How to handle duplicates in an UPDATE on a primary key in Postgres?

All we need is an easy explanation of the problem, so here it is.

Let’s assume a scenario with the entities Person and Company and a table PersonCompanyStocks that models how many stocks a persons owns of a certain company (N:M cardinality). For example:

person | company | num_stocks
-----------------------------
Alice  | foo     | 300
Bob    | foo     | 100
Bob    | bar     | 200

This table uses (person, company) as a primary key to guarantee unique entries, and foreign keys to the respective person/company table (I’m only using string IDs for simplicity).

Now let’s assume company bar buys company foo. We want to update the table in a way that it becomes:

person | company | num_stocks
-----------------------------
Alice  | bar     | 300
Bob    | bar     | 300

Looking only at Alice‘s record suggests to use a naive approach like:

UPDATE
  PersonCompanyStocks
SET
  company = "bar"
WHERE
  company = "foo"

However this update fails with duplicate key value violates unique constraint ... because for Bob there already is a row with the key ("Bob", "bar"). For INSERT‘s Postgres supports ON CONFLICT DO ..., but it looks like there is no equivalent for UPDATE. And clearly we also have to deal with properly merging the num_stock value of the two rows.

What is the best strategy to approach this problem? I only see a relatively ugly solution:

  • One query to determine the duplicates.
  • One UPDATE to merge the duplicates into the final row.
  • One DELETE to remove the offending duplicates.
  • The above UPDATE to do the renaming in rows without duplicates.

This feels complex and is probably prone to race conditions. Does Postgres offer any trick to solve this more elegantly?

How to solve :

I know you bored from this bug, So we are here to help you! Take a deep breath and look at the explanation of your problem. We have many solutions to this problem, But we recommend you to use the first method because it is tested & true method that will 100% work for you.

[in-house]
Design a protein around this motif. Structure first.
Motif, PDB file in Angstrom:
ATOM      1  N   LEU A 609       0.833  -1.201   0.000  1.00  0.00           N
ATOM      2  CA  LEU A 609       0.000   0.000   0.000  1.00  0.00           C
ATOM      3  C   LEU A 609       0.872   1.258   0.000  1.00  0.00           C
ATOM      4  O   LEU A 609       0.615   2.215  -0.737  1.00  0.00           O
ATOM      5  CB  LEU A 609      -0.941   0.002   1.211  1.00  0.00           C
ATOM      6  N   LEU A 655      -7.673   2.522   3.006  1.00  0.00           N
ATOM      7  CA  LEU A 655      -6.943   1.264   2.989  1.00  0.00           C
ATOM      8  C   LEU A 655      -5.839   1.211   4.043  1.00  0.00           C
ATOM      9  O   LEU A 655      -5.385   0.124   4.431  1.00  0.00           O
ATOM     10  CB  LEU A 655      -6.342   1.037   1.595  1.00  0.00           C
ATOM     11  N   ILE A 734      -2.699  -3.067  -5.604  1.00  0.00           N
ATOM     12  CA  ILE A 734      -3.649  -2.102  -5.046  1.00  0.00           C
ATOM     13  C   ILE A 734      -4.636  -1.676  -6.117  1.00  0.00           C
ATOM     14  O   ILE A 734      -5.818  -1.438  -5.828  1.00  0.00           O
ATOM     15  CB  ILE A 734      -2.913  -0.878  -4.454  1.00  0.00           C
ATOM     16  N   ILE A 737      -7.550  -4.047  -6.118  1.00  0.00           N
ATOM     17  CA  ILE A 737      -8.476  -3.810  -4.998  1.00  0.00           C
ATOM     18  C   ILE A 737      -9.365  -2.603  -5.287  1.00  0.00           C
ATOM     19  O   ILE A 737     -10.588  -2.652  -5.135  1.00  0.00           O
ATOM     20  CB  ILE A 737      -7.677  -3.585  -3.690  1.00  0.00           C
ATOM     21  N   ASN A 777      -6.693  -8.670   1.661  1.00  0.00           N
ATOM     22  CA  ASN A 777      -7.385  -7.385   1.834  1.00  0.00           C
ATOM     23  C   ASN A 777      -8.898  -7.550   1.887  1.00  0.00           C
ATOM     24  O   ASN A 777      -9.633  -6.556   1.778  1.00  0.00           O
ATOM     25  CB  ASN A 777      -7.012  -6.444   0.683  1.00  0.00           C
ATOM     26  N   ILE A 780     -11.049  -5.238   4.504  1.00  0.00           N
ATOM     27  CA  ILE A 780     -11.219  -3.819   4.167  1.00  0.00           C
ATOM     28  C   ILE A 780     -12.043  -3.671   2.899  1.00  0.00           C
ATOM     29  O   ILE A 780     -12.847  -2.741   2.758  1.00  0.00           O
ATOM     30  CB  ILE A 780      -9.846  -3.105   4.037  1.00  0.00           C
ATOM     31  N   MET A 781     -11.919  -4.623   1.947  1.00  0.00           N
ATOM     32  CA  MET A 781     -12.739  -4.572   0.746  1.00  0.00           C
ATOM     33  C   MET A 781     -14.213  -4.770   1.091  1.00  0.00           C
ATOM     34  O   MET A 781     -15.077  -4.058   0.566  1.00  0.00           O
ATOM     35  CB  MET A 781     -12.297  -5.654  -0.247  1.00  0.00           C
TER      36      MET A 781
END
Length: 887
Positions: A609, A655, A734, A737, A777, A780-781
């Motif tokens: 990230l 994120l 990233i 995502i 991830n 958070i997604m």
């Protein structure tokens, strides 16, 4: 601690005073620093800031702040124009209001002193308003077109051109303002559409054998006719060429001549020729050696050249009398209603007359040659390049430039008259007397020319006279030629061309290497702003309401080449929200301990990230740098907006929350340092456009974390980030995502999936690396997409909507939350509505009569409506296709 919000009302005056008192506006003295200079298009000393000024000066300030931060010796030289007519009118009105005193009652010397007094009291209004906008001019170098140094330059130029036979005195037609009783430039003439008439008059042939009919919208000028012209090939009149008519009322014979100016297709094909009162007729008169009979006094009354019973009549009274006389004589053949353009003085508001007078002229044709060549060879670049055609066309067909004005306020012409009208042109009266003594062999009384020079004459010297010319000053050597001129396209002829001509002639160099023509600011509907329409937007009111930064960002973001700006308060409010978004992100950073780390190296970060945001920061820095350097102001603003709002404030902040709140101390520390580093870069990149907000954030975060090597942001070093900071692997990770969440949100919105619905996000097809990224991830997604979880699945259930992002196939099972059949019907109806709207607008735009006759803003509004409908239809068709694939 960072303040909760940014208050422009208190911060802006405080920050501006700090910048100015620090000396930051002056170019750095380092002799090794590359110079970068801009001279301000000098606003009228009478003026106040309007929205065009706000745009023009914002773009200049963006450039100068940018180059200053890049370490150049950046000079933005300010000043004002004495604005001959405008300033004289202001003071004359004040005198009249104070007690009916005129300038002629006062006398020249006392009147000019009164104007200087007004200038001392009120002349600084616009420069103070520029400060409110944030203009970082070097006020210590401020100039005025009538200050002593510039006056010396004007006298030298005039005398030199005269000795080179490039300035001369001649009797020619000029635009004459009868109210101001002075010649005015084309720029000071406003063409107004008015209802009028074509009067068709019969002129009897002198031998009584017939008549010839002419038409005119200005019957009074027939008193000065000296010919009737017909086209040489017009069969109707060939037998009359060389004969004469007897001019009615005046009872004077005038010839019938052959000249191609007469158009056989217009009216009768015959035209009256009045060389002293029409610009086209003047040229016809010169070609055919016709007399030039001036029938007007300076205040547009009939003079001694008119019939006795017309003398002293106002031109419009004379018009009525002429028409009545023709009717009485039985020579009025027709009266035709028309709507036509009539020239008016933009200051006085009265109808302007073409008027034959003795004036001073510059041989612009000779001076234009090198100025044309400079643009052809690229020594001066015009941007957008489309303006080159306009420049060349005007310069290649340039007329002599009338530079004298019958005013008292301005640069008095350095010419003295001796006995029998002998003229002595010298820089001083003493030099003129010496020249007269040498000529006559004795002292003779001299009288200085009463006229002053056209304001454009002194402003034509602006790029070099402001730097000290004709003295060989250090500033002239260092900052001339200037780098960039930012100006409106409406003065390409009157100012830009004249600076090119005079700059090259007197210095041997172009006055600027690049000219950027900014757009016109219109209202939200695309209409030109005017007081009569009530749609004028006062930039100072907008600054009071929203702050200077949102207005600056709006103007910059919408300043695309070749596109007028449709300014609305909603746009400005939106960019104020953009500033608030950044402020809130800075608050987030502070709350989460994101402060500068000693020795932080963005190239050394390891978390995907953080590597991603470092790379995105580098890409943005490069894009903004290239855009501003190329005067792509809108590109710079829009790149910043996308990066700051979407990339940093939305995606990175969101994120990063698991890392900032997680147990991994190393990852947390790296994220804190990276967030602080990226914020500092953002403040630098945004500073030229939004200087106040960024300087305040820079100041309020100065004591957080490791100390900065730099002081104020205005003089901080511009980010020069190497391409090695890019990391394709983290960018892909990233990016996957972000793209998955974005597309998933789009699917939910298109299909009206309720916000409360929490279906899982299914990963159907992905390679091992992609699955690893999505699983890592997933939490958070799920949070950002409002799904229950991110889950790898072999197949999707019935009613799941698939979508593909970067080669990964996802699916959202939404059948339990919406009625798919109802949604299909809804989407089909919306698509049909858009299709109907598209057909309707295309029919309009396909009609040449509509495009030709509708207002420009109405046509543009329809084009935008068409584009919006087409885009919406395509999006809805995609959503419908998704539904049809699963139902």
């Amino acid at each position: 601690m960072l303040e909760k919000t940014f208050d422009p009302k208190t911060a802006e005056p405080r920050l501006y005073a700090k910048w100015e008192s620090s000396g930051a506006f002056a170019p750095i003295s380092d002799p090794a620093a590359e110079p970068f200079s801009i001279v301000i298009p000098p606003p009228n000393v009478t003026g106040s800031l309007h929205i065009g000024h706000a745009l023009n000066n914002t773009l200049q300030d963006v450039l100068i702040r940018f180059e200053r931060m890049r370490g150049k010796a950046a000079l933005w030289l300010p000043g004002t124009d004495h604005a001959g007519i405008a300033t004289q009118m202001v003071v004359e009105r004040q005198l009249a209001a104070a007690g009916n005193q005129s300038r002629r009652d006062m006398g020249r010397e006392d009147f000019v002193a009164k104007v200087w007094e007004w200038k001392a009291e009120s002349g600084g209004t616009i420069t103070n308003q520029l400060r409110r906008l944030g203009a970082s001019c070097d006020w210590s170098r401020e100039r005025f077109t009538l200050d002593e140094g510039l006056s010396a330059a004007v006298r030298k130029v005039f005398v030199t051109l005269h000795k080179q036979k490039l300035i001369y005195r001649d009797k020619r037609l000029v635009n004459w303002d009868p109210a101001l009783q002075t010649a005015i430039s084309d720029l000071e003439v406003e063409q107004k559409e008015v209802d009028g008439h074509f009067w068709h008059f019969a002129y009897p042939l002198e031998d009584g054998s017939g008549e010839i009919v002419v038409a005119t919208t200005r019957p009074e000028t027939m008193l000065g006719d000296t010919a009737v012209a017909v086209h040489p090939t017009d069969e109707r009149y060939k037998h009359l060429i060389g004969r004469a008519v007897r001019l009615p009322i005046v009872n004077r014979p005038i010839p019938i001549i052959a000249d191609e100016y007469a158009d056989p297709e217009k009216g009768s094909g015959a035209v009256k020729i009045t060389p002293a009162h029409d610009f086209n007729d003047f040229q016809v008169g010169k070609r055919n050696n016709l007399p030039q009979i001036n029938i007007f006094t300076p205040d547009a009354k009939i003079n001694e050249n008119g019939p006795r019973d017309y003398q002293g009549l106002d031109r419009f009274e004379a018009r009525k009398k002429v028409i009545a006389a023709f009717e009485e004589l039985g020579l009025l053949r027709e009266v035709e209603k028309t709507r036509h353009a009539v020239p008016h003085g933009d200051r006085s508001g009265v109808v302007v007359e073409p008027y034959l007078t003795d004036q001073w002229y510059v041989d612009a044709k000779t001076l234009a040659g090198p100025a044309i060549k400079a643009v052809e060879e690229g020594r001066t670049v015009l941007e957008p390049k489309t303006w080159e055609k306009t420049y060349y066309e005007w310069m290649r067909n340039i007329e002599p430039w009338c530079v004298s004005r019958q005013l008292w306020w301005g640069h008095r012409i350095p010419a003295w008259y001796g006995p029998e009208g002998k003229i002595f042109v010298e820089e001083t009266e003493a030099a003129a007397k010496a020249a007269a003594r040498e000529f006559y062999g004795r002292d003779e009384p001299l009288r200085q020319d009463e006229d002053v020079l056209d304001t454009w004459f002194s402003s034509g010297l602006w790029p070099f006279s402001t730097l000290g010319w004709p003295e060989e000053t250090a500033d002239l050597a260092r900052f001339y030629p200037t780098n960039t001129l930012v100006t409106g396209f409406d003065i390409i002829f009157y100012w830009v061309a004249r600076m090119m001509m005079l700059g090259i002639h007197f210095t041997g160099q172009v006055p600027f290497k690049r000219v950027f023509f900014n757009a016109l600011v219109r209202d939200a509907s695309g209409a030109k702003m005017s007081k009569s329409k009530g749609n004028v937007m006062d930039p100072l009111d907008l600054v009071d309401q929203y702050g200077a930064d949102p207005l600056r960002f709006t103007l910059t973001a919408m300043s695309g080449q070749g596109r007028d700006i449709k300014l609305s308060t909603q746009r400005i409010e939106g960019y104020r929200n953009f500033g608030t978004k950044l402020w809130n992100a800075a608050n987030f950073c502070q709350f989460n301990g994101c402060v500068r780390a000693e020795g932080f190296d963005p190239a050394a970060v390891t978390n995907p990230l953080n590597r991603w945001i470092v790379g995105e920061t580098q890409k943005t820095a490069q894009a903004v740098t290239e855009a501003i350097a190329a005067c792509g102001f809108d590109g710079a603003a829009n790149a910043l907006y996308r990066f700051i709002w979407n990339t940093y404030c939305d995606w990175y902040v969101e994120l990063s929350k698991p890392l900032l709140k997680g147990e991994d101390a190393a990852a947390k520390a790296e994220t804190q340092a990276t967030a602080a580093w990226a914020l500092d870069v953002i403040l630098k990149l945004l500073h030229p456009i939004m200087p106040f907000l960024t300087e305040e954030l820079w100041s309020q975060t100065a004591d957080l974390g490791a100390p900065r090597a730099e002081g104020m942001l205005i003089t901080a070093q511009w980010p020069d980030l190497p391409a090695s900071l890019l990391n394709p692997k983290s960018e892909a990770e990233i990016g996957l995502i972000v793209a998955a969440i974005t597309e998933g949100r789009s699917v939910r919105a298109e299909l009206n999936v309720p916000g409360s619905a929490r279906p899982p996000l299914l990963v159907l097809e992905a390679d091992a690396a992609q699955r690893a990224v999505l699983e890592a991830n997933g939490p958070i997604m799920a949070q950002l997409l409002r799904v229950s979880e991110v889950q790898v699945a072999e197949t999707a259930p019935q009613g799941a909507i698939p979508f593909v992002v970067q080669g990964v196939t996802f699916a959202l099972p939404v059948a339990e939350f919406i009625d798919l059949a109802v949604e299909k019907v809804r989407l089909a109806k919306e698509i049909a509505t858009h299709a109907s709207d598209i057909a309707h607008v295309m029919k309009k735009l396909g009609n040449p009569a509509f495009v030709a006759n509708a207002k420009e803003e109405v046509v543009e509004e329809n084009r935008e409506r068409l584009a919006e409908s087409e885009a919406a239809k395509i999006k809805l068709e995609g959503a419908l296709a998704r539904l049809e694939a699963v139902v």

Method 1

We need move stocks between companies, right? What means we need add stocks to existing users and change company for new users. Or, what the same, we could delete all stocks of company "foo" and insert .. on conflict new rows for company "bar"

with rows as (                                             
  delete from PersonCompanyStocks 
    where company = 'foo'
    returning person, num_stocks
)
insert into PersonCompanyStocks (person, company, num_stocks) 
  select person, 'bar', num_stocks from rows
  on conflict(person,company) do update set 
    num_stocks = PersonCompanyStocks.num_stocks + excluded.num_stocks;

Transactional, no race conditions here thanks to row locking during delete.

Method 2

Your procedure is good. To avoid race conditions, do it all in a single transaction and SELECT ... FOR UPDATE all the rows that you intend to modify (pessimistic locking).

Note: Use and implement method 1 because this method fully tested our system.
Thank you 🙂

All methods was sourced from stackoverflow.com or stackexchange.com, is licensed under cc by-sa 2.5, cc by-sa 3.0 and cc by-sa 4.0

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